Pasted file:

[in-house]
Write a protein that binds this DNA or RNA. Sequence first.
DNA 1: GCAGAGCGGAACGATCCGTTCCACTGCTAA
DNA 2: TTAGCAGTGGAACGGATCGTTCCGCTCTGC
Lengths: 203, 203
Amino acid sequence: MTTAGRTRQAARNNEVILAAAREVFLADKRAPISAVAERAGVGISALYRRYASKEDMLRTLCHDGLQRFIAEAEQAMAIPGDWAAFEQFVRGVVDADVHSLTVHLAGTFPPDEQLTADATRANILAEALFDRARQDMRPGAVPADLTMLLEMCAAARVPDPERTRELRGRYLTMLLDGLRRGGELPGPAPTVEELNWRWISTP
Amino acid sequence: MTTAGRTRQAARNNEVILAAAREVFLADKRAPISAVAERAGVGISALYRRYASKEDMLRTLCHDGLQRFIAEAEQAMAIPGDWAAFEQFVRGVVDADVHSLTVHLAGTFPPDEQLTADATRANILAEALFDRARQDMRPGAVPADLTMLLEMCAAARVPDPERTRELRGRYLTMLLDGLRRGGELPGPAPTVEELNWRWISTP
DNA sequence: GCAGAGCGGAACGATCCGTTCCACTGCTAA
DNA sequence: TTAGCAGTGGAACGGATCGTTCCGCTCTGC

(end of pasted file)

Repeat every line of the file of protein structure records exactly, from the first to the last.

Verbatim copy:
[in-house]
Write a protein that binds this DNA or RNA. Sequence first.
DNA 1: GCAGAGCGGAACGATCCGTTCCACTGCTAA
DNA 2: TTAGCAGTGGAACGGATCGTTCCGCTCTGC
Lengths: 203, 203
Amino acid sequence: MTTAGRTRQAARNNEVILAAAREVFLADKRAPISAVAERAGVGISALYRRYASKEDMLRTLCHDGLQRFIAEAEQAMAIPGDWAAFEQFVRGVVDADVHSLTVHLAGTFPPDEQLTADATRANILAEALFDRARQDMRPGAVPADLTMLLEMCAAARVPDPERTRELRGRYLTMLLDGLRRGGELPGPAPTVEELNWRWISTP
Amino acid sequence: MTTAGRTRQAARNNEVILAAAREVFLADKRAPISAVAERAGVGISALYRRYASKEDMLRTLCHDGLQRFIAEAEQAMAIPGDWAAFEQFVRGVVDADVHSLTVHLAGTFPPDEQLTADATRANILAEALFDRARQDMRPGAVPADLTMLLEMCAAARVPDPERTRELRGRYLTMLLDGLRRGGELPGPAPTVEELNWRWISTP
DNA sequence: GCAGAGCGGAACGATCCGTTCCACTGCTAA
DNA sequence: TTAGCAGTGGAACGGATCGTTCCGCTCTGC